Rachel Behrend - General Care Projects in Senegal
I have always romanticized the idea of traveling alone. When I was getting ready to graduate from my high school in Maryland and all my friends were talking about heading off to university, I could only feel this sense of worry that I would not be able to fully appreciate university life while feeling that there was so much in this vast world that I had never been exposed to, and may never be for years to come since after high school there is college, and after college there is finding a job and keeping it. The responsibilities that would keep me from traveling would only pile up in the years to come.
My fascination with Senegal began when I met a Projects Abroad representative at a gap year fair. What he showed to me in pictures and described to me captured me right away: being right on the ocean, watching the fisherman pull in the catch at sunrise, the people in bright, beautiful colored clothing. I started to research Senegal further, and became more and more excited by everything I saw and read. When I read about the Projects Abroad placement helping to take care of talibe street children, I was sure that this was the trip I wanted to take before starting my life as a university student.
During my stay in St. Louis, Senegal, I worked with a man who was a nurse for street children. His name was Touba Diop and he was ultra charismatic, energetic, and eager to have me along beside him in his work, despite the fact that I had just graduated from high school and had zero medical insight to offer. Each day he would take me to a different Daara (a place where the talibé street children live) and would show me how to treat a wide variety of medical conditions common among the talibé. Scabies was rampant, and after Touba had completely educated me in the healing process for scabies, we were able to split the work and cover twice as many children as before. Being able to contribute in this way was incredibly rewarding, and I felt as if I should be paying to go to medical school.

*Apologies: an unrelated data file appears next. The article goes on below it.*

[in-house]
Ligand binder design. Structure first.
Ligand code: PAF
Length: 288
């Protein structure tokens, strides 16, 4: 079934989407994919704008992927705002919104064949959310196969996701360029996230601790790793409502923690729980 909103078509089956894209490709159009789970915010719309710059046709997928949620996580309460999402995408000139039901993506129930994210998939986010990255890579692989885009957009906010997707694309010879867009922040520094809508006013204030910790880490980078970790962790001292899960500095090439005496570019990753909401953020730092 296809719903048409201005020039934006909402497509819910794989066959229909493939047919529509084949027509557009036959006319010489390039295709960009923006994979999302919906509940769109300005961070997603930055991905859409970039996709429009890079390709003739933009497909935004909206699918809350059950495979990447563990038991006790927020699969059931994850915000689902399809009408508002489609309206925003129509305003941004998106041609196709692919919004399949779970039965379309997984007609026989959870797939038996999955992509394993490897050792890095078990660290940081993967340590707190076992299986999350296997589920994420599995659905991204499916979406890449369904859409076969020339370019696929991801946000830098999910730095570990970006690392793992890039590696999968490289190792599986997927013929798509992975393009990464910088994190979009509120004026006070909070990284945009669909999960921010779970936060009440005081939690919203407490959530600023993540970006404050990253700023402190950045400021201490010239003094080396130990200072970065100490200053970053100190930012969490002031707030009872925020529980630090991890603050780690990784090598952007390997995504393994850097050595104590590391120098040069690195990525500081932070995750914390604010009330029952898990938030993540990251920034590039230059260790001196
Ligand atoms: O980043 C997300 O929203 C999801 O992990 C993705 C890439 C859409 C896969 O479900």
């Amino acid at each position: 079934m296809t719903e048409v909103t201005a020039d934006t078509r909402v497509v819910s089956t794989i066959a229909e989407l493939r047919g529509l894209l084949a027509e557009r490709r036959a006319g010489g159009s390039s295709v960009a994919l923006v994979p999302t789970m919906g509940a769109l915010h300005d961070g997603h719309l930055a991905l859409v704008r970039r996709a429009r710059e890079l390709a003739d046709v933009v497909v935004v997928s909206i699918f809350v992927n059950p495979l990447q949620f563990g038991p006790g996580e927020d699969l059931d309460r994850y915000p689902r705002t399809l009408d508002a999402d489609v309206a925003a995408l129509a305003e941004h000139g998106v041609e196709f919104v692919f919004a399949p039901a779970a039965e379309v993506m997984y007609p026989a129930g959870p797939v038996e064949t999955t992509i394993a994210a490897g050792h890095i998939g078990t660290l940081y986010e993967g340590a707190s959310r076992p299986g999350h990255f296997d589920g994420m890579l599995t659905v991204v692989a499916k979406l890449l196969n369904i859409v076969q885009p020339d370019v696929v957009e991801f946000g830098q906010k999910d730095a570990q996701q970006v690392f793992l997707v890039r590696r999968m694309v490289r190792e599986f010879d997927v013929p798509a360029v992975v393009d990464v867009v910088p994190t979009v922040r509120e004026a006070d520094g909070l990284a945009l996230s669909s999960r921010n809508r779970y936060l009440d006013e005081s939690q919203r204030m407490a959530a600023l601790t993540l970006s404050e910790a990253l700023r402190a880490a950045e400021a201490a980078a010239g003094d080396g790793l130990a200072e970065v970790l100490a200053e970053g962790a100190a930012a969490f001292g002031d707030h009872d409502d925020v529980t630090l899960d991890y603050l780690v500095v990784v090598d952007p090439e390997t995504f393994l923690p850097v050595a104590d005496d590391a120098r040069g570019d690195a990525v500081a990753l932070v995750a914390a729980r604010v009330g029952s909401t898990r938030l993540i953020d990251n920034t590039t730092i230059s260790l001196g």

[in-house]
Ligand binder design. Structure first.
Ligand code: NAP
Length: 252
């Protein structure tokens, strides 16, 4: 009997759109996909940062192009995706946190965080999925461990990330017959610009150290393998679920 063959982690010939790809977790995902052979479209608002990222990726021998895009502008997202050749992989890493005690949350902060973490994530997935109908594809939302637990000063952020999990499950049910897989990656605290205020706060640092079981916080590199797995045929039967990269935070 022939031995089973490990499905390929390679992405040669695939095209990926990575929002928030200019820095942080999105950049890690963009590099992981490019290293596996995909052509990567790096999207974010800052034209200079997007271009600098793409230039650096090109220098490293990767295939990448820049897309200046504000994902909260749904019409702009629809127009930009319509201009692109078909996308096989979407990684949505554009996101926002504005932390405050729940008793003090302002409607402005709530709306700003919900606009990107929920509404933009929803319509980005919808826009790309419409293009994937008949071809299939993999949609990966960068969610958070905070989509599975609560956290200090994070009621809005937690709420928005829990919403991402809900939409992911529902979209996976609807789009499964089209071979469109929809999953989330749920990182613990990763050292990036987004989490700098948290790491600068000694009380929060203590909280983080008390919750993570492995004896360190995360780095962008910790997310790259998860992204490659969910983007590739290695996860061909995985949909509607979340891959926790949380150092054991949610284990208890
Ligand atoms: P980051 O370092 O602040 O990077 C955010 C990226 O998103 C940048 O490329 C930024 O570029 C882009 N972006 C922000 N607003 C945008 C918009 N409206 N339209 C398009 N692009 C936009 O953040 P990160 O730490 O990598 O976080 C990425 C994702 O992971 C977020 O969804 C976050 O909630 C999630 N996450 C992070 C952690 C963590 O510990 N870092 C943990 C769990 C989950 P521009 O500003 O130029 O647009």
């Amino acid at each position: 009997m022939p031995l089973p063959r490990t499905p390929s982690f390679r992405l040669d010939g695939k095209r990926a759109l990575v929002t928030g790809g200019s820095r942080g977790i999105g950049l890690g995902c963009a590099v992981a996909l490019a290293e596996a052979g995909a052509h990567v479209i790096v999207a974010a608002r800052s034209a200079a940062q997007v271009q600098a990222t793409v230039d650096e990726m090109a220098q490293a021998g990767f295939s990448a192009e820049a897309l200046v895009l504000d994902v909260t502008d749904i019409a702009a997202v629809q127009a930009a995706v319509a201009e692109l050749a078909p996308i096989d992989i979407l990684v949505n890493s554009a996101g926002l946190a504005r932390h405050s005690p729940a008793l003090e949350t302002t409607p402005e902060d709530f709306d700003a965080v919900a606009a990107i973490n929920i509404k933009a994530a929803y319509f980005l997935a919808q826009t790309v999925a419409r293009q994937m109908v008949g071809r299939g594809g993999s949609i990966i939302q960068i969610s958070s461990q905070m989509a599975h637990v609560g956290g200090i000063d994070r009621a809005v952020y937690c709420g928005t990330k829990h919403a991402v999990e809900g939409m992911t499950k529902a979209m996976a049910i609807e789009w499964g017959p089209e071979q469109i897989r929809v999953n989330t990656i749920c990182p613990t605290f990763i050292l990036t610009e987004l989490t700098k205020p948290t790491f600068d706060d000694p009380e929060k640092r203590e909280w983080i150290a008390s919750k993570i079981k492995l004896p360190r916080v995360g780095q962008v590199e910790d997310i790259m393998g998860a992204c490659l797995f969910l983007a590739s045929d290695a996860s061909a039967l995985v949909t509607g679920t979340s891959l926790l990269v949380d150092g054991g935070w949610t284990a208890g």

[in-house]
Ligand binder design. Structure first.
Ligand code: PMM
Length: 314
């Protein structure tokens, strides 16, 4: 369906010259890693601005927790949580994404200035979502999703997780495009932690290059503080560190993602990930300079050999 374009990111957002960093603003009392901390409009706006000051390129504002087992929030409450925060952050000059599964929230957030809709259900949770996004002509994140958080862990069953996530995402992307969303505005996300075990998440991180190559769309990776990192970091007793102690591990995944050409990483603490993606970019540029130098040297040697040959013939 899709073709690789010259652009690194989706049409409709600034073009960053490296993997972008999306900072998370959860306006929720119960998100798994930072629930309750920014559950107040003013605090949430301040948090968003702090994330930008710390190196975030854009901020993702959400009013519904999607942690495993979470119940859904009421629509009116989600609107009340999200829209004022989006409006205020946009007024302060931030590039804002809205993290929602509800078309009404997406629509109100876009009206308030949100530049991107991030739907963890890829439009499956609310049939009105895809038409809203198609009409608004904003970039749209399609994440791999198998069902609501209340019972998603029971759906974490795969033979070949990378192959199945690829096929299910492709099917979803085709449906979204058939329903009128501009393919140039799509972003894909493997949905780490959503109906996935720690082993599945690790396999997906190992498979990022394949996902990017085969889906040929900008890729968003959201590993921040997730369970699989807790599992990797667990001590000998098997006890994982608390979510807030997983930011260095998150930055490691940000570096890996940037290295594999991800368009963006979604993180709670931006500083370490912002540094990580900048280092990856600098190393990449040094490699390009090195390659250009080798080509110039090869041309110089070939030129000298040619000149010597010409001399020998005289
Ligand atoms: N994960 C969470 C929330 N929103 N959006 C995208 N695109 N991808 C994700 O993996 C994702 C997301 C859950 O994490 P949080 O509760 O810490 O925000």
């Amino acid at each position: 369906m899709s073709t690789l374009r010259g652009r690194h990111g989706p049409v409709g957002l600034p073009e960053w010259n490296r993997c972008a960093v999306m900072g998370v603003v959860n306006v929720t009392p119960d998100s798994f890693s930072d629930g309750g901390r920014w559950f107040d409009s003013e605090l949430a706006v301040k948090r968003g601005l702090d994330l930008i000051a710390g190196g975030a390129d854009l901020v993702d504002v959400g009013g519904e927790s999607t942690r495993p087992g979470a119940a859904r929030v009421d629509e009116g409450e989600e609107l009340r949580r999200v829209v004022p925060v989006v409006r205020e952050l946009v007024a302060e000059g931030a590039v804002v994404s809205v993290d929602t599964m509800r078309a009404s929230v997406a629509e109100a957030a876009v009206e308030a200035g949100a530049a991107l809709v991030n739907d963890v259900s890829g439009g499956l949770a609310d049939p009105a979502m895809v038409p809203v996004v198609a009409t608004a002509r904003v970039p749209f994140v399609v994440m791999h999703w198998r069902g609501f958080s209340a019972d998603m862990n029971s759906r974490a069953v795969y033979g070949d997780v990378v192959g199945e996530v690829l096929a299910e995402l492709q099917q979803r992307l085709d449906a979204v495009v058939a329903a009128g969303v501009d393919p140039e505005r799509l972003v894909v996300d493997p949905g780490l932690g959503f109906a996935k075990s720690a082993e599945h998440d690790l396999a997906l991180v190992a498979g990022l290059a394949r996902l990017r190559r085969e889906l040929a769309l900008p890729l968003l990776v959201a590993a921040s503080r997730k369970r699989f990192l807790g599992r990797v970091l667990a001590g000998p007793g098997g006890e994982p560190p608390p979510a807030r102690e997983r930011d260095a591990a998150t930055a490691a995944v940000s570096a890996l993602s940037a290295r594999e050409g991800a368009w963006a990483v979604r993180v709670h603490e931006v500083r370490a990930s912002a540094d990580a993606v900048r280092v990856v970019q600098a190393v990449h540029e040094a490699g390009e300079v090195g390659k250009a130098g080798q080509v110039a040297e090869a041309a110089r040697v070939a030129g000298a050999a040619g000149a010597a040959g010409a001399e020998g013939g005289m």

Yet here I was taken under the wing of this man who knew the talibé better than anyone, and who was willing to share all his knowledge with me. I began to become more and more familiar with certain talibé children – especially those with recurrent conditions that we had to treat frequently – and also began to become more familiar with certain methods of treatment. We once found a talibé boy that had been hit by a car and had trouble moving his limbs. Touba took him back to his own house where it was cleaner and safer than in the Daara, and helped him to recuperate. I was, at the time, intending on studying physical therapy, so I got to watch as Touba took measures to revitalize movement in this boy’s limbs. By the time I left Senegal, the boy had recovered entirely. This was just one of many cases where I was exposed to things that I would never have had the opportunity to see and learn from elsewhere.
After work, we would sometimes go into town for pastries at a patisserie, or to one of his friend’s houses for mint tea. I met so many welcoming people in Senegal. In their desire to share their lives, work and culture with me, I became so immersed in life there that by the end of it I was sure I was a real fille Senegalaise!
Returning to the U.S. and entering university, I am a thousand times more focused on my pre-medical plan of study, as what I am learning now resonates strongly beyond the classroom me. My love of the work I did in my placement in Senegal is a constant reminder to me of why my courses will one day prove so valuable. When I imagine what I would be like today had I never gone to Senegal, I see myself studying away having never gained sight of why I am doing it.
Even if I were not doing pre-med, my experience in Senegal broadened my perception tremendously by placing me in an entirely new sphere of life that overturned my preconceptions, invited to participate fully in the culture, and left me thoroughly refreshed and satisfied in returning back home.